Mage: a critique
Guest Blogger // 20 December 2013
A guest post from Saranga, who had high hopes for Mage: The Hero Defined but has been disappointed to find that the women read like props who exist to bolster the men’s actions.
Warning: angry comic book based rant ahead.
The Mage series is about a fella named Kevin Matchstick who meets a wizard named Mirth who grants him supernatural abilities and a magic baseball bat. It turns out that Mirth is Merlin, the baseball bat is Excalibur and Matchstick is King Arthur. It’s set in the modern day and it’s rather symbolic. Matchstick goes on the hero’s journey and fights lots of mythological creatures.
I had high hopes for this. I’ve enjoyed other series by Matt Wagner and they’ve always been good. However…
I’ve found this series utterly uninspired and dull. The plot feels obvious and by-the-numbers. It’s a hero’s journey, a common plot, but I just feel I’ve seen it all before and not in a good way. You have the sidekick, the other warrior, the team-up, the teacher, the victory, the betrayal, the lesson – but there doesn’t seem to be anything more to the characters. They are just playing roles. There is nothing in there to make me think the story is different or special. The few hints at wider otherworldly menaces, little touches of background and attempts at world building are just that: attempts. I feel like the characters are moving and acting in a vacuum. Works like this should full of symbolism and meaning; they should create a world with depth and reference and there should be something there beyond the obvious. If you use tropes, you need to be clever with them.
Having said all that, my main irritation with the series is in the women. The group of three main (male) heroes go to meet some friends, a couple. The fella gets called out to fight some nasties (demons), the woman (Isis) stays inside and flaps. She panics. But, she’s a witch! Why doesn’t she get involved in the fight and try to save her lover? Having her flap and panic just seems to reinforce how traditional and unimaginative this story is. The men fight (and the reader should apparently identify with the men, because OF COURSE the reader is a man) and the women weep. Actually, there’s no need to assume the reader is a man. I don’t know if that is what the writer/artist was thinking. The point is that when readers of either gender are supposed to identify with the male hero (and his male mates), the women tend to get sidelined. This wouldn’t be so much of a problem if we had more women in the story.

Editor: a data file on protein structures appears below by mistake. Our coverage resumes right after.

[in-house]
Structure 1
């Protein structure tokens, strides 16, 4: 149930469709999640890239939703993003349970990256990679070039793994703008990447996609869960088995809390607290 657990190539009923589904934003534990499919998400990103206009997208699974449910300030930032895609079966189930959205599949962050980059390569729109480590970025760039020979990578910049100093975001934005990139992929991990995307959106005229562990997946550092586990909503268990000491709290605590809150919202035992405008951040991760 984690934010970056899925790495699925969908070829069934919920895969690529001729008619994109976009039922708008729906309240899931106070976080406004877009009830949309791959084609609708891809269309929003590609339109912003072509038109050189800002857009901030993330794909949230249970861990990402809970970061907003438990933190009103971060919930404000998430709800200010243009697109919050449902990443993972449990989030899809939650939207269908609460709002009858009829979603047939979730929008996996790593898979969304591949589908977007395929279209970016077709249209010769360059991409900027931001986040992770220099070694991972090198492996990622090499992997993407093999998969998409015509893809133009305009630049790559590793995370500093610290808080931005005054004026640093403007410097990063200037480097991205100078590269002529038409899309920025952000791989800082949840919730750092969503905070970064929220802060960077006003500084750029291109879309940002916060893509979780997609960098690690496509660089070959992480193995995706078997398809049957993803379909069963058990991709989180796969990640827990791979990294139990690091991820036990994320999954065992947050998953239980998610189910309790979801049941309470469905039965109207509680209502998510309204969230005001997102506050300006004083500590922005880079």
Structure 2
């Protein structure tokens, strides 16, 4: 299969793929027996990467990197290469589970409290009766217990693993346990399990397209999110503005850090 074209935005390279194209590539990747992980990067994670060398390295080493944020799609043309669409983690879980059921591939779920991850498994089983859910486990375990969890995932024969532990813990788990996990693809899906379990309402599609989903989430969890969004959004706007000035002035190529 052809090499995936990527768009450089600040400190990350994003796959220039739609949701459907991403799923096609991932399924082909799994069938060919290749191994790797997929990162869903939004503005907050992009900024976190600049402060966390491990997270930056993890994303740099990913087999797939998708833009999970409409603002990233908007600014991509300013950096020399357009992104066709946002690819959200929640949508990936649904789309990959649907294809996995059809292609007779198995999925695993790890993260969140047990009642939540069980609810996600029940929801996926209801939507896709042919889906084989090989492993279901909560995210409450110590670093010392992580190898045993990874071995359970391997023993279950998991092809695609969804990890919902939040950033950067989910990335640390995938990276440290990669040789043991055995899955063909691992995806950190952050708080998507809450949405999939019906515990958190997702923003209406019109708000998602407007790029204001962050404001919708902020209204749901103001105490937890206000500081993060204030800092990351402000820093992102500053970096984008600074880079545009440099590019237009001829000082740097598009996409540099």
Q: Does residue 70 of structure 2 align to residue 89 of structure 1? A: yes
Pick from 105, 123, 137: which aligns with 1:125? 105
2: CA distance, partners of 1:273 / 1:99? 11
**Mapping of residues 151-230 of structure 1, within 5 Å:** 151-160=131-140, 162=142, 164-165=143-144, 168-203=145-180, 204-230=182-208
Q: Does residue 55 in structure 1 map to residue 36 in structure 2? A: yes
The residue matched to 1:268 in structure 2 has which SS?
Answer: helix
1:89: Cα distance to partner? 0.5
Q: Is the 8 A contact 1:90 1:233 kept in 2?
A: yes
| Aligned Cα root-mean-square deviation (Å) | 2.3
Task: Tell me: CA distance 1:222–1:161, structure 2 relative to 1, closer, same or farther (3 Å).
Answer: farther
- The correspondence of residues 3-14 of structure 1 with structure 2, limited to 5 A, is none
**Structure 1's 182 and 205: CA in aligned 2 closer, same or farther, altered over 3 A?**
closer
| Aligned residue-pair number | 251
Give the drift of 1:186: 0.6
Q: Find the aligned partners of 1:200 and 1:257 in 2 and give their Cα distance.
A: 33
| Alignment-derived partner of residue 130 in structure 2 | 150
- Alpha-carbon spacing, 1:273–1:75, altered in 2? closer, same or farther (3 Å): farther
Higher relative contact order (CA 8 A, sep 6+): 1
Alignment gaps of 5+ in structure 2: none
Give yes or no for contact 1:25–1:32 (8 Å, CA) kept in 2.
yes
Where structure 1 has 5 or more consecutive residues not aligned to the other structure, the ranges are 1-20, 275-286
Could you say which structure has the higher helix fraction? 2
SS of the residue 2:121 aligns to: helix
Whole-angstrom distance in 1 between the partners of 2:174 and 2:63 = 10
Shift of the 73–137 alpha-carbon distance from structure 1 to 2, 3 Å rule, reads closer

Back to Isis. We see elsewhere in the series that she has pre-worked spells ready for use. But in this circumstance she appears to have nothing. I tell you, Zatanna wouldn’t be caught out like this!
I know this is a retelling of the Arthur story but that’s no reason to make this woman so useless. Maybe her behaviour is explained away in the previous series. I don’t know. I now have no desire to read any other series. In this one, her behaviour and the set up is very irritating.
The other chick of note in this book is Isis’ sister, Magda. Magda and the hero are prophesised to get together for sexy times. When they finally meet, she is slim and smoking hot. Of course she is. Because the prophecy wouldn’t be fair if she was ugly or plain? If it’s the feelings between them that matters, she doesn’t need to be smoking hot. Isis isn’t, but then we are not supposed to ID with Isis’ lover. I mean, heaven forfend we ID with a character with an ugly girlfriend. The women read like props, existing only to bolster the men’s actions. Maybe the other sidekick/friends characters are equally useless. Maybe I just can’t see it because I’ve got my gender hat on. You guys tell me.
But that’s what I mean by traditional. This series is a bog standard, uninspired, unimaginative, boring, hero-warrior story. It’s not creating believable multifaceted characters; it’s creating ciphers that move the plot along step by step. There is nothing new or intriguing about this and I can’t abide creative works that aren’t actually creative. This is a shame because Matt Wagner has done some other pretty great stuff (Grendel and Trinity for example). Grendel does give us some innovative storytelling and interesting gender roles. Trinity gives us a wonderfrul (ha!) Wonder Woman, exalted to the same level as Superman and Batman. Unfortunately, Mage: The Hero Defined sucks both on a political level and a storytelling level.
Mage: The Hero Defined is available to buy and you can find a full results list for a search of the series through this Amazon search.
Saranga is a 33 year old bisexual feminist reading many many comics. She runs New readers…start here!, where she reviews comics for people who are new to them and also Pai, where she talks mostly about comics. Her favourite hero is Supergirl. She is on twitter as @sarangacomics.
Image description and credit.
Head and shoulder edit of Magda in a black top, green beads and sun and moon earrings. She has blonde hair with a black fringe and stands against a pink background. Art by Matt Wagner, colours by Jeromy Cox. Publisher: Image Comics.